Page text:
Low Back Pain has many possible causes. Some common direct causes are:
A strain is a tear in a muscle or tendon. There are four grades of strain from very mild all the way through to a total rupture. Most low back strains would be mild to moderate.
The soft discs of the spine degenerate or rupture. This may then irritate nerves and cause mild to severe pain.
Sciatica is nerve pain radiating down the buttock and leg which is caused by impingement in the lower back. Most commonly the pain only radiates down one leg.
A narrowing of the spinal canal usually affecting the lower back or neck. Symptoms may include pain, numbness, bowel control, muscle weakness and impaired bladder function.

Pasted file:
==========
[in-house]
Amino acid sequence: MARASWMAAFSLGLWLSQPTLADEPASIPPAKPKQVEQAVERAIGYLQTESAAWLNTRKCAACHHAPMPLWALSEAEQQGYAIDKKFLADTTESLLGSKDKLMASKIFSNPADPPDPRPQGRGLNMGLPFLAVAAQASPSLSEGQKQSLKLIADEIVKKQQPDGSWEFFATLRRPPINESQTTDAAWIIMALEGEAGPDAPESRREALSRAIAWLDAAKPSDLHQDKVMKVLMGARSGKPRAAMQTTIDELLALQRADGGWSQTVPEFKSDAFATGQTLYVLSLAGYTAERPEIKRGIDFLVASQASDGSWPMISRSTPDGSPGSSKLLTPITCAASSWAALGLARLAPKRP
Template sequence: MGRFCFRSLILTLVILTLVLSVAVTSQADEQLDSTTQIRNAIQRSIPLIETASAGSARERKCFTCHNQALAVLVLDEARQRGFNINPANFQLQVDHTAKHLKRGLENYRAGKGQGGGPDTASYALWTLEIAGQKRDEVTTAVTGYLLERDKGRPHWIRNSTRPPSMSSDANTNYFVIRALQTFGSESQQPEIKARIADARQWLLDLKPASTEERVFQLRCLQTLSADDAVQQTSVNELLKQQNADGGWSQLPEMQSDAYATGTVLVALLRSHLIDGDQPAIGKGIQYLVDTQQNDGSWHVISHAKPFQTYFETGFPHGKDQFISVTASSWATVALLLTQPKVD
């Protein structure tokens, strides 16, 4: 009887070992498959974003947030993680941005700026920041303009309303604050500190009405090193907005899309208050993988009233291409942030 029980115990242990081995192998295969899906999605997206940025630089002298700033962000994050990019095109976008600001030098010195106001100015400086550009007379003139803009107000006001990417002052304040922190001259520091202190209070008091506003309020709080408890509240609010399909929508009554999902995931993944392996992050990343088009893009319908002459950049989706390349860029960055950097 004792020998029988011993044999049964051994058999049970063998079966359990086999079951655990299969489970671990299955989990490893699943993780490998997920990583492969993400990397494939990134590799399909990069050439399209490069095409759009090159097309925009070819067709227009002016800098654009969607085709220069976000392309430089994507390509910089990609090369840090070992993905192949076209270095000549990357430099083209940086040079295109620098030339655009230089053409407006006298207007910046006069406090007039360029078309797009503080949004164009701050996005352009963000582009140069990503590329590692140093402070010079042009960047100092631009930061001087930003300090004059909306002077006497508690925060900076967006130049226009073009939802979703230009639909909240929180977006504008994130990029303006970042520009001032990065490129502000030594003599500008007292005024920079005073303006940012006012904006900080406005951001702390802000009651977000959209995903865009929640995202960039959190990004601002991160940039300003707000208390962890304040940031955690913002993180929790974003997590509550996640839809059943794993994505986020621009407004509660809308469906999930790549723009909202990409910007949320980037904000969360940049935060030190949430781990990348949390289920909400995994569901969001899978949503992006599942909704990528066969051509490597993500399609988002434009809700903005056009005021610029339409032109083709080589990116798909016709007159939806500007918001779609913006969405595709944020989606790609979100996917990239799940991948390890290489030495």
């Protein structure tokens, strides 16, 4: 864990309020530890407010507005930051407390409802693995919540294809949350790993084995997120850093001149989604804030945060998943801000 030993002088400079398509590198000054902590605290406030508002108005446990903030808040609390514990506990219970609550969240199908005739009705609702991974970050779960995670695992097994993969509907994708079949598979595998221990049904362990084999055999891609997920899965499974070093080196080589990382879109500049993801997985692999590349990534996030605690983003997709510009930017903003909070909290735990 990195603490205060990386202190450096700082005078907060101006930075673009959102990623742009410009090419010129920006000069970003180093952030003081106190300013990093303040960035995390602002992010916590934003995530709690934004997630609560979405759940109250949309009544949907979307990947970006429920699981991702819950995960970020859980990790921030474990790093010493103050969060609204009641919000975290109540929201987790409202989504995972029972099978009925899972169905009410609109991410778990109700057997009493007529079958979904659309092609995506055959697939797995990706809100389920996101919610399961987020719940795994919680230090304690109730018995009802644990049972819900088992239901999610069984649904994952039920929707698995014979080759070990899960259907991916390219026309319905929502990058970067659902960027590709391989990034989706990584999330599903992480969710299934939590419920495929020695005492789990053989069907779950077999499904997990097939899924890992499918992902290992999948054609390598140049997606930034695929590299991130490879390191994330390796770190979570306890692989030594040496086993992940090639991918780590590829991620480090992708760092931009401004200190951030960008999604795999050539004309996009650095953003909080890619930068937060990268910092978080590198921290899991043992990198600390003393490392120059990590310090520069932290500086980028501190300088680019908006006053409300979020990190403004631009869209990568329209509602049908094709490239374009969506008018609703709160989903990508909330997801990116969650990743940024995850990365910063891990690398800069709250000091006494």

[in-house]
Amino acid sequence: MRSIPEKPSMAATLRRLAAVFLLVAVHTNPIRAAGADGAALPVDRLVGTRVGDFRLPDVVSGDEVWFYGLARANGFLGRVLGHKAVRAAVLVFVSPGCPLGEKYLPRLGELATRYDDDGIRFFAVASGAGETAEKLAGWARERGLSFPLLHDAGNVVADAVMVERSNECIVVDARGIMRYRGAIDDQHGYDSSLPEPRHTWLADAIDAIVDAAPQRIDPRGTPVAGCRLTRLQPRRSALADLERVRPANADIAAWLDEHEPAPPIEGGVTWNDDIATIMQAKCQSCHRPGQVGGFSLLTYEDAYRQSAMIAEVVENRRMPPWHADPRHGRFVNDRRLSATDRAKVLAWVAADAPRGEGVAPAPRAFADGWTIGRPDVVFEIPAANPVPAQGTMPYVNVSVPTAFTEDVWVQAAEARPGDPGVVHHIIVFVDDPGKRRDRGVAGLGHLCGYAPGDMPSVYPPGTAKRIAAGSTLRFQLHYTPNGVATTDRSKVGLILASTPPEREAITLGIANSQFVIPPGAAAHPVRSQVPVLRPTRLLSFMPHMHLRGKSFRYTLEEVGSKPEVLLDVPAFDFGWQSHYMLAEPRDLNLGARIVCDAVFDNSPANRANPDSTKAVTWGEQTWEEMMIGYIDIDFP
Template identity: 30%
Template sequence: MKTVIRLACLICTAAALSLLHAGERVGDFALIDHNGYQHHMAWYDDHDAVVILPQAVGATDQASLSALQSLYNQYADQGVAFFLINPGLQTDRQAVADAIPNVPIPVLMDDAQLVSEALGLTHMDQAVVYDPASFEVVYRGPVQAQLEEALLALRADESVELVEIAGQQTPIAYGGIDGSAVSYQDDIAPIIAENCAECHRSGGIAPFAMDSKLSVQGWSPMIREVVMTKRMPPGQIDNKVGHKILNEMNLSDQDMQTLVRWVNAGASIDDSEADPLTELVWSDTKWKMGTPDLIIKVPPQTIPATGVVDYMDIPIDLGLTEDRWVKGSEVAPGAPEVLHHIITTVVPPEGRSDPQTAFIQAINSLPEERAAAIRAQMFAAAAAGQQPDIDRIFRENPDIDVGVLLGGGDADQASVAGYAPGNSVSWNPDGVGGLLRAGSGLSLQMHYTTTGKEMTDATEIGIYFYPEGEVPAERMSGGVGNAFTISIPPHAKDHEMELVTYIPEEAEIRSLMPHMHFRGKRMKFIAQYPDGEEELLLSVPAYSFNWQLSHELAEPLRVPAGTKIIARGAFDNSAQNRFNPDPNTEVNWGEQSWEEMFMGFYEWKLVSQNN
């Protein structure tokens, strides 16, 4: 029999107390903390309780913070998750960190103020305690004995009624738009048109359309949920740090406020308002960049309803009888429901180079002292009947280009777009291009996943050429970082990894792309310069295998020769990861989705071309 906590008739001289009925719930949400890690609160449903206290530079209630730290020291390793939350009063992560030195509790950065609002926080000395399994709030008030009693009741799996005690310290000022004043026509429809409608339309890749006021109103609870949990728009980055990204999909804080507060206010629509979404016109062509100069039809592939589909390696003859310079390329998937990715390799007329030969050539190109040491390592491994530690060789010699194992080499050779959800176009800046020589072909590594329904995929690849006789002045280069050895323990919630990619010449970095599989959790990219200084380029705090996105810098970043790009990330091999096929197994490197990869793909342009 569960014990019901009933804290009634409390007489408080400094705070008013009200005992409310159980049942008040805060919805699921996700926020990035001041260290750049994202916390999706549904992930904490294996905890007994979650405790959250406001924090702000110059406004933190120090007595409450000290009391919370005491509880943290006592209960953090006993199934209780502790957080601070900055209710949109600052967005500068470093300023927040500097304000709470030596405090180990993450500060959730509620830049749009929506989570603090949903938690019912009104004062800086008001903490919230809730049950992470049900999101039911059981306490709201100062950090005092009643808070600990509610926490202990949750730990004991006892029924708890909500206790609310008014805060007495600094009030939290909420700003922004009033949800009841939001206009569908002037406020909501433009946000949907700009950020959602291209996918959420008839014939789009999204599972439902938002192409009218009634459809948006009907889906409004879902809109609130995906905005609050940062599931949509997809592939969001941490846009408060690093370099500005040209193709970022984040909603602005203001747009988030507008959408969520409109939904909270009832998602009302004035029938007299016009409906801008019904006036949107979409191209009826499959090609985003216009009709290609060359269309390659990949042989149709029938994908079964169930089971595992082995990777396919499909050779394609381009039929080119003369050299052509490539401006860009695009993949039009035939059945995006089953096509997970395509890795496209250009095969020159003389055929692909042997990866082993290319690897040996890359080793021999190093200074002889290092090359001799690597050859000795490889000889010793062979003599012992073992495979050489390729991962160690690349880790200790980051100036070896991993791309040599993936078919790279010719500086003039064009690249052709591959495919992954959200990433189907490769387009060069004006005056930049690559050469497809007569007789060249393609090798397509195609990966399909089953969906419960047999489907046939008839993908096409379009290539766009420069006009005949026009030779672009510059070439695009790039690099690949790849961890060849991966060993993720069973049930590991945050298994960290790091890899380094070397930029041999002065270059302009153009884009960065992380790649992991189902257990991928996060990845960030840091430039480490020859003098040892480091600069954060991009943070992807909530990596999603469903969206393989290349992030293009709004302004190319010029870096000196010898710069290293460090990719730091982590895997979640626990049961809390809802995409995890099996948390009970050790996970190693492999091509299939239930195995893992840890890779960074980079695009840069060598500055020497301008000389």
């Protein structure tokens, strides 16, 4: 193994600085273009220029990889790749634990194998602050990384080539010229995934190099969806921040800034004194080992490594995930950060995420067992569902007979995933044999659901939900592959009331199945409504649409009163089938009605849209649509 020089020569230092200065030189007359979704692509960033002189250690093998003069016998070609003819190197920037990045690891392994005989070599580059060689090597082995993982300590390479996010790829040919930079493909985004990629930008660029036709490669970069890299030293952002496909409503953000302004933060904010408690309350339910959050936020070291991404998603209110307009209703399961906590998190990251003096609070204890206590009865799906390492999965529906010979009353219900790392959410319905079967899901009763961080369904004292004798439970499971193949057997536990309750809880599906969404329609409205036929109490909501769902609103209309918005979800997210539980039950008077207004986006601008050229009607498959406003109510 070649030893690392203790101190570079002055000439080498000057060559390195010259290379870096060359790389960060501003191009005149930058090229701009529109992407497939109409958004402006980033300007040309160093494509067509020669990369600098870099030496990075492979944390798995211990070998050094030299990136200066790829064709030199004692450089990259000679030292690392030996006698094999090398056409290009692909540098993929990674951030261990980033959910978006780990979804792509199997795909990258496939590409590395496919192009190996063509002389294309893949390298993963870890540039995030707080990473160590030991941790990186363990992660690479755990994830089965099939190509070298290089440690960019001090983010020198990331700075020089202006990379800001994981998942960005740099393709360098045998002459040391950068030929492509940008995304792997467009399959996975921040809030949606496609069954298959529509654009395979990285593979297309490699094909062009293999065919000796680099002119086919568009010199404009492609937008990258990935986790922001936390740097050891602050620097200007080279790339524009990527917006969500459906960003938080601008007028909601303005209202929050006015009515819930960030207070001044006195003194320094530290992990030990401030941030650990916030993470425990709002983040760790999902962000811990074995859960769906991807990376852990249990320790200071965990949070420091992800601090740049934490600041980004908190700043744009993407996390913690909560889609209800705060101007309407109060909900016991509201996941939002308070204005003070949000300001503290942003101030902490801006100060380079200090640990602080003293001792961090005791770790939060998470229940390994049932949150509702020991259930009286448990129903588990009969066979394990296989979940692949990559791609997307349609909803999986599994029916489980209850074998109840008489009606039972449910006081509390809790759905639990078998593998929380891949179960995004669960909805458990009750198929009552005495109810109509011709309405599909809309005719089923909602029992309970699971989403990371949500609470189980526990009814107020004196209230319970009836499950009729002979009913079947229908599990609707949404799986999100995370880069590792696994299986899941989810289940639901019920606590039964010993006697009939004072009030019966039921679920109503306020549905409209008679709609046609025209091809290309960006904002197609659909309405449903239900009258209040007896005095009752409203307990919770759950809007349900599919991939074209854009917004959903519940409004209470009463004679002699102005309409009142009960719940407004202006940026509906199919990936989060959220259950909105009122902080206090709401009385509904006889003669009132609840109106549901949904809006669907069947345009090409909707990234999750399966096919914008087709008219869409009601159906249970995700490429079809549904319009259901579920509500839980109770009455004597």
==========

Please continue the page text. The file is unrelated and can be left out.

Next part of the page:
Inflammation of the joints which causes pain and stiffness. This is a degenerative condition which usually worsens with age but can be managed.
Widespread pain and tenderness in the body including possible memory issues and fatigue. There is no known cure, but it can be managed to a degree with lifestyle.
A form of inflammatory arthritis that is more common in men. It affects large joints including the lumbar vertebrae which can eventually fuse. It generally results in a hunched forward posture, pain and stiffness.
Wear and tear of the spinal disc due to aging. Symptoms may not be present or could include muscle spasm and associated pain.
Some indirect causes of Low Back Pain are kidney and bladder problems, pregnancy, endometriosis, ovarian cysts, uterine fibroids, and cancer.
In order to find out what is causing your low back pain it is recommended you see a physiotherapist or GP. Once they have diagnosed the cause of your low back pain, remedial massage may be beneficial as part of your treatment or management plan.